Yesterday’s Treasures For Today’s Challenges

The question isn’t whether this is a valid topic, but rather from which mountain can it best be approached. Take the high road and you’ll see this sign: The past is the only sure thing in the world. Everything else is a possibility.

The past can’t be changed or eliminated. Good, bad, or indifferent, it’s here to stay. Indeed, the past is what drives the future. Technology does that by improving what we’re already doing and converting dreams into reality.

One of the best examples of that is the strategy Steve Jobs used to make Apple one of the world’s largest and most successful companies. Defying the conventional method of peering only into the future, Jobs studied Apple’s past, firmly believing he could more effectively determine the company’s future by identifying and carefully studying what had succeeded or failed and why. The rest is history.

How many executives have since adopted Jobs’ strategy is unknown, but the indelible mark it left on the corporate world will endure for a long time.

In sharp contrast, today’s youth receive relatively little instruction in history, so they enter the mainstream of our society with only a sketchy idea of what happened over the thousands of years leading to the present. As a result, they can hardly be blamed for supposedly innocent beliefs and actions that in reality can lead to troubles both now and in later years.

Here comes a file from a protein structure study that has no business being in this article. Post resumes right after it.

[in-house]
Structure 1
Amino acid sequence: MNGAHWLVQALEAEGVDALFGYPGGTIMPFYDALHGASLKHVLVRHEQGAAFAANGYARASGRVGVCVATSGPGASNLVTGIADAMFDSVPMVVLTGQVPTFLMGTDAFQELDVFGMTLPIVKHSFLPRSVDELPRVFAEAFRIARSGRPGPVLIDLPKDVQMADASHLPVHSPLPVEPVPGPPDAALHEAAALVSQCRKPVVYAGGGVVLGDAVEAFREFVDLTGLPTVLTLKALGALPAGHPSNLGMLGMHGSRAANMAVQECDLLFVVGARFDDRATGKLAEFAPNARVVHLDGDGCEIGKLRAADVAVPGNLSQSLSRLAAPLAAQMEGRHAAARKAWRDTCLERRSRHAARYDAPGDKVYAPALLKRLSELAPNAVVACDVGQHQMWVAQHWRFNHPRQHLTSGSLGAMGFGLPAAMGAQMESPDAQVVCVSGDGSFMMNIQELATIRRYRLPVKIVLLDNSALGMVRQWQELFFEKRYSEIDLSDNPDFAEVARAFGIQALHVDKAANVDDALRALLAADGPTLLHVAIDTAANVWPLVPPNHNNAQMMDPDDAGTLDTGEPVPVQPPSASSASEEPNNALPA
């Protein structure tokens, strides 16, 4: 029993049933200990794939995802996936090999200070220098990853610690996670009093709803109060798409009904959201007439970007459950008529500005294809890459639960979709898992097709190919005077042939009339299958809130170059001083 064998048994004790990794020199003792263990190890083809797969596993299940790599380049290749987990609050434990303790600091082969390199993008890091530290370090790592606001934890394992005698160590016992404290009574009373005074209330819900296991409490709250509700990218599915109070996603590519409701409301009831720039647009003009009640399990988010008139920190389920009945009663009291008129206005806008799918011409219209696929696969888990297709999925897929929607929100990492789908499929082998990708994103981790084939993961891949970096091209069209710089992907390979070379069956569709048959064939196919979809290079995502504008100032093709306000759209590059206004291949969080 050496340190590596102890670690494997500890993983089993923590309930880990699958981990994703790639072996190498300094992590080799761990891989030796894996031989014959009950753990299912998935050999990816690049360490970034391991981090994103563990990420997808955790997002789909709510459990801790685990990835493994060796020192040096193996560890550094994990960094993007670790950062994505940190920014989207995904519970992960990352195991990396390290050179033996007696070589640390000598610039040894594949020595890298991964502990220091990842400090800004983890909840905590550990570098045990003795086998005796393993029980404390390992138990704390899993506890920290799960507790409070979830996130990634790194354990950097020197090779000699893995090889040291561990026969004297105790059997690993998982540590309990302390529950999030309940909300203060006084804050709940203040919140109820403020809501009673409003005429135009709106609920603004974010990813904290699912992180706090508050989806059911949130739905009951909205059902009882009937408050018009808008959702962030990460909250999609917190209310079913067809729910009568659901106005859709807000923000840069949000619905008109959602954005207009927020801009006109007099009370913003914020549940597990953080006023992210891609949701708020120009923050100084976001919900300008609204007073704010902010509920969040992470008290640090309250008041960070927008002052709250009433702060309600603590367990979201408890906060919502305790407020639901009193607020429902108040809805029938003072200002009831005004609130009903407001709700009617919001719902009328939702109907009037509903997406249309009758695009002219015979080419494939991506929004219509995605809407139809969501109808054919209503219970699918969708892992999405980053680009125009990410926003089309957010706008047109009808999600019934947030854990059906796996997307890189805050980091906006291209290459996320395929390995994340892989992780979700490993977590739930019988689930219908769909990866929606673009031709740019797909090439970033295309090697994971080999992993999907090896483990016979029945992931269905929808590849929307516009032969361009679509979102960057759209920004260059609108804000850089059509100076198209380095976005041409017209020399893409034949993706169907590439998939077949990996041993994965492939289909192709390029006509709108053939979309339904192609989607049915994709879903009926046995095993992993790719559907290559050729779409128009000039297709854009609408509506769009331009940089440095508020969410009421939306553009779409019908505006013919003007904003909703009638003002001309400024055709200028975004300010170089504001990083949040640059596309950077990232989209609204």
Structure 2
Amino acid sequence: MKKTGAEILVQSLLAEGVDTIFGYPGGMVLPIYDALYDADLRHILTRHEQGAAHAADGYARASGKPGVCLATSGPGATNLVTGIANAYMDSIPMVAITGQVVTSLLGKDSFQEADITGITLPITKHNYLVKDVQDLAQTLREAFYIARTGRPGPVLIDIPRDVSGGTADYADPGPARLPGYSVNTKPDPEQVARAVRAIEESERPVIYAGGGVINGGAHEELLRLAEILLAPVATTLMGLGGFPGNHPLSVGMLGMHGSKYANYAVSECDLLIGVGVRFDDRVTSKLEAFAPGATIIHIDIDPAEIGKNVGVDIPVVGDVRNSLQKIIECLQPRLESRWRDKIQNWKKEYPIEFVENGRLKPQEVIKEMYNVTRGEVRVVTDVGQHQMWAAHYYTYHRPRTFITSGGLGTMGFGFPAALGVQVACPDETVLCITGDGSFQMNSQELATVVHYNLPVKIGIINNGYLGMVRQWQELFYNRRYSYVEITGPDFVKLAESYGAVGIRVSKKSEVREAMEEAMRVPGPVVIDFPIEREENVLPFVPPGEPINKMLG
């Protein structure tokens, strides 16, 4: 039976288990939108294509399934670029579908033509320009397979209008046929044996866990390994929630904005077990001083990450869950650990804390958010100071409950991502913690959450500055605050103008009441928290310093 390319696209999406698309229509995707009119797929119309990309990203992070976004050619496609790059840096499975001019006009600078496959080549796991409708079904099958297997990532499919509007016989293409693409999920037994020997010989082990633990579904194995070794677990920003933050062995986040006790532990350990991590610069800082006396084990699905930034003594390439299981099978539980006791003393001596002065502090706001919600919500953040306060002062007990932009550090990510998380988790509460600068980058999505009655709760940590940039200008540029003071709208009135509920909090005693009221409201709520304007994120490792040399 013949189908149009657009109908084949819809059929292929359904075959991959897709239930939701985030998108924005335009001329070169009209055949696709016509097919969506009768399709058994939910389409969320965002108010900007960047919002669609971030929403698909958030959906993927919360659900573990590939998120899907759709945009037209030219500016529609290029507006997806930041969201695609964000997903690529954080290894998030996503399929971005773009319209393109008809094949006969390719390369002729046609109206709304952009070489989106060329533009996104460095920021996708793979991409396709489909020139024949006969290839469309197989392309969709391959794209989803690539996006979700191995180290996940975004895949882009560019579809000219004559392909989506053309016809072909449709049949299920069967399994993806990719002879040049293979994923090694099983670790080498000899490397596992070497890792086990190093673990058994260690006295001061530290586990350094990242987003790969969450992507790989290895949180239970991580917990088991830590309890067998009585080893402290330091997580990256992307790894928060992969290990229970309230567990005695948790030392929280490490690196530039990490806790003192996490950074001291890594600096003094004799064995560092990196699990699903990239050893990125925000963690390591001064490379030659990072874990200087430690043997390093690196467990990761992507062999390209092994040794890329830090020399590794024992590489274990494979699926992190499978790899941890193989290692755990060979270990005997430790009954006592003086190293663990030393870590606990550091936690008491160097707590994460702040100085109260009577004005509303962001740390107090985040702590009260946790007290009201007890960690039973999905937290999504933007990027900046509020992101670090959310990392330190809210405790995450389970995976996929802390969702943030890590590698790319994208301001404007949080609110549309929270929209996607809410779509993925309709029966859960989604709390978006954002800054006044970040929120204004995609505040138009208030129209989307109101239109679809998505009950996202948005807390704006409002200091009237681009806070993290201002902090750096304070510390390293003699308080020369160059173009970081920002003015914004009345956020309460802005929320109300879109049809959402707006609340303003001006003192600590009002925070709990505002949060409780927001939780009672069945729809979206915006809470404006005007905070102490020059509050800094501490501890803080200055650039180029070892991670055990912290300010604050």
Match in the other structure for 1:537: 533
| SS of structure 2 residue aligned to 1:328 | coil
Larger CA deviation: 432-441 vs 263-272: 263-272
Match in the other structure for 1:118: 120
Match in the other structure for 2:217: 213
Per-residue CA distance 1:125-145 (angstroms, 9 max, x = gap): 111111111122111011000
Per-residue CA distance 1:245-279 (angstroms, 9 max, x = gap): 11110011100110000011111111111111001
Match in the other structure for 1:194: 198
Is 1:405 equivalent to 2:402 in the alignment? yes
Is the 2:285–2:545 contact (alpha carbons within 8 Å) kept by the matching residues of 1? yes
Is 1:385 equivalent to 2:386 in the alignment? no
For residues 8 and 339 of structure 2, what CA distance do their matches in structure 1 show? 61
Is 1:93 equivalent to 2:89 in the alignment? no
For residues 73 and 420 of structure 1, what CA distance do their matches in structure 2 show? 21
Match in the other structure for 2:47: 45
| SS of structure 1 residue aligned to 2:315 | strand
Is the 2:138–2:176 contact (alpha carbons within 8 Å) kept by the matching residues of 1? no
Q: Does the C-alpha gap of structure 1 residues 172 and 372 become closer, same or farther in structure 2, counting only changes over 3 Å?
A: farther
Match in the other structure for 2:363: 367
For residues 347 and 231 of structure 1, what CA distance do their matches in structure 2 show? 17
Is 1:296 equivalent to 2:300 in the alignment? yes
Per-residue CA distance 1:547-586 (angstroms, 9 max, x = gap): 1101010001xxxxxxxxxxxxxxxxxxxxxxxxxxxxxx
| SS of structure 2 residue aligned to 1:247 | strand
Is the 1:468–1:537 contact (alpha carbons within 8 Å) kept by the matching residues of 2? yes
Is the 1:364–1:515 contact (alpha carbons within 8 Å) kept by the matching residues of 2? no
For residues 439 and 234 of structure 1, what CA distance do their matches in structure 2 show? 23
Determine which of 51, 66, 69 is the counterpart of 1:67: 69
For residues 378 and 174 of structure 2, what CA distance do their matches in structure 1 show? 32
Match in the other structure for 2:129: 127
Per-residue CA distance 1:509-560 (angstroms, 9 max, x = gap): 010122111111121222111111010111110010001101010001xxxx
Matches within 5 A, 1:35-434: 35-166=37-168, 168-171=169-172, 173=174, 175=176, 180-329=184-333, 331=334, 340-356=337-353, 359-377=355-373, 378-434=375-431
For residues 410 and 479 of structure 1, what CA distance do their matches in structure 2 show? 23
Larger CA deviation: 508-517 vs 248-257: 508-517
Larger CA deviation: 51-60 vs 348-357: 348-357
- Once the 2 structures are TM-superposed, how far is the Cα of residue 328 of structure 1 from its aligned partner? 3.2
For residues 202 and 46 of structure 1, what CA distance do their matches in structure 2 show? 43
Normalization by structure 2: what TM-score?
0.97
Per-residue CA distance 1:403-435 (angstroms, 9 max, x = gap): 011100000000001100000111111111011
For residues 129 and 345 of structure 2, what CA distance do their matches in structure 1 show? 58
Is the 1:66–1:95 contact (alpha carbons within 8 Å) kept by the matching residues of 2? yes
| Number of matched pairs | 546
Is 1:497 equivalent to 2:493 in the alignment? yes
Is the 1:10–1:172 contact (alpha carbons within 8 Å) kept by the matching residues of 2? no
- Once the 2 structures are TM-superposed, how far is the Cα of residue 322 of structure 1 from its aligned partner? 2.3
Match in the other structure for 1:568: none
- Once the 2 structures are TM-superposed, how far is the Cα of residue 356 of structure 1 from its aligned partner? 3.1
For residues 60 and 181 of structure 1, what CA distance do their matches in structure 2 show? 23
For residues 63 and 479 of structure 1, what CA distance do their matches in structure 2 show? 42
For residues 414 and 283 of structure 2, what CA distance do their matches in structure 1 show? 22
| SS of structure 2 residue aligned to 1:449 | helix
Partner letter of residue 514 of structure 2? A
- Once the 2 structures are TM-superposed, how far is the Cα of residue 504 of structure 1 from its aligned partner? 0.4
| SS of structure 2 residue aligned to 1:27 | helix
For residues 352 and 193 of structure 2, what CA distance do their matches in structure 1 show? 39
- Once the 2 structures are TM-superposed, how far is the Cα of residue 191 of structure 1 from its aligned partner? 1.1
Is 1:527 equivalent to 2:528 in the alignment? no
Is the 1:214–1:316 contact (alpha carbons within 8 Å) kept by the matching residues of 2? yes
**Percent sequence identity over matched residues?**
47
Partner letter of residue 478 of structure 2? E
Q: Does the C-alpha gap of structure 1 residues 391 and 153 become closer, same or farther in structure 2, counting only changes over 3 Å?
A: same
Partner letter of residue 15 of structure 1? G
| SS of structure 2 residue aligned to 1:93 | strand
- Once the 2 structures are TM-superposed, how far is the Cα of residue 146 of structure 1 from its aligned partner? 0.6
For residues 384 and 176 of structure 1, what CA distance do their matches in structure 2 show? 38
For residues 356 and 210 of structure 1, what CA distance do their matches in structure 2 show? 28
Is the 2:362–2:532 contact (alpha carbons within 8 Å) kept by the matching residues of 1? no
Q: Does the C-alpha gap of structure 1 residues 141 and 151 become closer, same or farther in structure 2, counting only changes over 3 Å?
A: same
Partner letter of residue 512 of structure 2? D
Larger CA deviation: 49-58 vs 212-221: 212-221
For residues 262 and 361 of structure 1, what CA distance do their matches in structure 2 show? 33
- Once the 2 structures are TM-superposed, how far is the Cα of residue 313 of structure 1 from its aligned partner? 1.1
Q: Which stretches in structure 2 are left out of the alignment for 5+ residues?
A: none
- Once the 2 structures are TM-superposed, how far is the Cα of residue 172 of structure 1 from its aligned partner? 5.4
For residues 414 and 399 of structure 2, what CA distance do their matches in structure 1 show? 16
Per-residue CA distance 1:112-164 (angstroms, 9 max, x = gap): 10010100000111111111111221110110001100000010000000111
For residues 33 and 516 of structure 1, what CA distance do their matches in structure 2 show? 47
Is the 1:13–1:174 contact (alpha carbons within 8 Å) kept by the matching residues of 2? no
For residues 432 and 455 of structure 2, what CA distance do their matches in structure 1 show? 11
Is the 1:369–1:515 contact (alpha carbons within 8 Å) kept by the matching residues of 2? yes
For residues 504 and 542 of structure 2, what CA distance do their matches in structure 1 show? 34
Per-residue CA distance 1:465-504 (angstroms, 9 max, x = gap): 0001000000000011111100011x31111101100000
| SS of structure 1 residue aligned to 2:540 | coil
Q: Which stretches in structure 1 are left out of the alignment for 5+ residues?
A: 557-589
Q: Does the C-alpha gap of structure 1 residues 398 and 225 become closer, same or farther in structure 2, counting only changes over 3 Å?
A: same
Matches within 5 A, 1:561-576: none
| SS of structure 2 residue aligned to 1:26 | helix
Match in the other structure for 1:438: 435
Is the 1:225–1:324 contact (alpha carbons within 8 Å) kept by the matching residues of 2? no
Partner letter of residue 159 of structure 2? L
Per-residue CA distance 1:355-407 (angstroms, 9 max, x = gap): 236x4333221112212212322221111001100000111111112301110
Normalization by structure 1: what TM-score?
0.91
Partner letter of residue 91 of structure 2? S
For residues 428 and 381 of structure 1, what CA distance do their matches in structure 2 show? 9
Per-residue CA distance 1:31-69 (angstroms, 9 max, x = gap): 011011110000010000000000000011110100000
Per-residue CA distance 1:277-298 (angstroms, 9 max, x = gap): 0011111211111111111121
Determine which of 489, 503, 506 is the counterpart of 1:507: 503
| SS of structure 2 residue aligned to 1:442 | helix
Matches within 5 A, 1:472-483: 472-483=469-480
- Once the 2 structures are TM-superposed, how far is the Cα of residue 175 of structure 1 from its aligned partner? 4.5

One need not go back very far to discover and lay bare any number of social, economic, and political disasters that having already plagued the world, must not be repeated.

The outcome of such events and developments forcefully demonstrates what can and does go terribly wrong. No nation or society is above reproach. They all make mistakes. The critical takeaway is to conclude what could have been and should have been.

Solid logic asks this question: What if history were to be taught at every grade level and carefully woven into every college curriculum? Such a strategy would provide students with at least a foundation upon which they could then properly evaluate what their decisions should be, whether in their private lives or professional pursuits.

That, however, can happen only if we realize the staggering positive potential that will arise from such a development.

At the same time, however, we must remember that the making of history is constant, that it begins with the passing of every instant of the present. Also, we’ve been an eyewitness to history for as long as we’ve been alive. Those in their twenties can remember what life was like before smartphones. Middle-aged people are able to tell others about the Berlin Wall, the Vietnam War, and the coming of the internet. For those sixty or older, memories bring to the surface such monumental developments as the war in Vietnam and man’s first landing on the moon.

If you would like to ease into this arena slow and easy, go to a large antique store and spend at least an hour relating to what you’ve witnessed or used during your lifetime.

What’s there will sharpen, strengthen, and emphasize how critically important it is for every American, especially our leaders and our youth, to be well versed in what has already happened, how far we’ve come.

No matter how dangerous or dazzling the future might appear to be, to know history is also to know how to put into play the lessons already learned.